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Gillian
by Gillian
on December 18, 2014

When you're in the sales world, no matter how long you've been in the game, you're never going to get away from cost. You could be on a sales call with Bill Gates and still find that the conversation comes down to -- how much does it cost?

And facilities managers are certainly no exception. With multiple buildings, employees, and ever-diminishing budgets, facilities managers are not going to let you gloss over the cost of your building services or products. If you want to sell to a facilities manager effectively, you need to know how to address the cost question (assuming you aren't offering the cheapest option, which we'll assume you're not). You might just find your answer in lifecycle cost.


What is Lifecycle Cost?

Lifecycle cost (LCC) is a term applied to any transaction that involves goods, services, structures, or systems. It is the amount that it will cost the purchaser to buy, install, operate, maintain, upgrade, and dispose of something. The life cycle cost of you building services is going to be significantly bigger than its initial price tag.

In the federal government, life cycle cost is particularly applied to building and their water and energy system. The National Institute for Standards and Technology (NIST) developed a manual specifically for facilities managers in order to help them determine the life cycle cost of the various components of their facilities. While you may not be selling water or energy systems, you can still use the idea of life cycle costing to your advantage during the sales process.

Lifecycle Cost and Selling to the Facilities Manager

When you want to be successful in sales, you have to know your own product inside and out. That should go without saying. But if you want to include life cycle cost in your sales strategy, you'll also need to do some research, both internally and externally. When speaking to a facilities manager, they are going to have at least part of their mind on why they should choose you instead of the cheapest option. That means you have to know what their other options are. Who are your competitors and what do their costs look like in comparison to yours? Be able to answer any questions the facilities manager has about how your costs compare. This is when you can bring up lifecycle cost.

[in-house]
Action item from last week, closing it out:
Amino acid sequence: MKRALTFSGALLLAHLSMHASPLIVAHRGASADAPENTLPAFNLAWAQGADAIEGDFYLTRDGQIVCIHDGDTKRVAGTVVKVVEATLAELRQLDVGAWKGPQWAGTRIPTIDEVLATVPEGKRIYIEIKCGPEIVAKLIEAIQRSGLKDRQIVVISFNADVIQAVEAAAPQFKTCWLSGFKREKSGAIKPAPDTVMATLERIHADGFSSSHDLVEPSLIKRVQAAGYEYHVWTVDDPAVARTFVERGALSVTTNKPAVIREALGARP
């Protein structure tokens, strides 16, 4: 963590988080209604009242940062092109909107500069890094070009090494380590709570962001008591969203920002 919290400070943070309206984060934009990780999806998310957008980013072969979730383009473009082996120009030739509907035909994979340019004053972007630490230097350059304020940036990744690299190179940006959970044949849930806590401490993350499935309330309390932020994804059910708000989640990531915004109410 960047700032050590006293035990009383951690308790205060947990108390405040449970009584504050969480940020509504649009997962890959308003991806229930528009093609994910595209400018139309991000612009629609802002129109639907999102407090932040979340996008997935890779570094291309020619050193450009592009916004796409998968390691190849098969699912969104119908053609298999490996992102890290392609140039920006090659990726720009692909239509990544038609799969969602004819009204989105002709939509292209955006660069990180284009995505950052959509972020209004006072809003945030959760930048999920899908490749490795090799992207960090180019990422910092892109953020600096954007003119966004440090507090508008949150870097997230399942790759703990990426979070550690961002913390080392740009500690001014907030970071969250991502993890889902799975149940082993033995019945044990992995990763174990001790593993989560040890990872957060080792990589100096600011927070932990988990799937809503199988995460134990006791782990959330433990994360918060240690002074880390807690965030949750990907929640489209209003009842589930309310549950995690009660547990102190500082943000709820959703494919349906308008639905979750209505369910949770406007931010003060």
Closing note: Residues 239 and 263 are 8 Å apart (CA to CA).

You know how much your building services cost. You know how much you'll expect a new client to pay upfront and how much every month. But do you know how long your product lasts? Do you know how much a new client would pay for professional installation, if they need that? Or how much the

If you don't, you should learn it and start including all this data in your regular sales cycles. Are you the cheapest around? Probably not on paper. But maybe your HVAC system requires less maintenance. Maybe it's built to last and won't need to be replaced for decades. Maybe you have competitors that contract their repairs to less qualified vendors, where shoddy work can end up costing more. Whatever it is, lay it on the table. Your services are not the cheapest. But they are the most affordable, in the long run. That's what life cycle cost is all about.

If you want to learn more about selling to the facilities manager, download our new eBook, 5 Steps for Selling to Facilities Managers. Just click below to star


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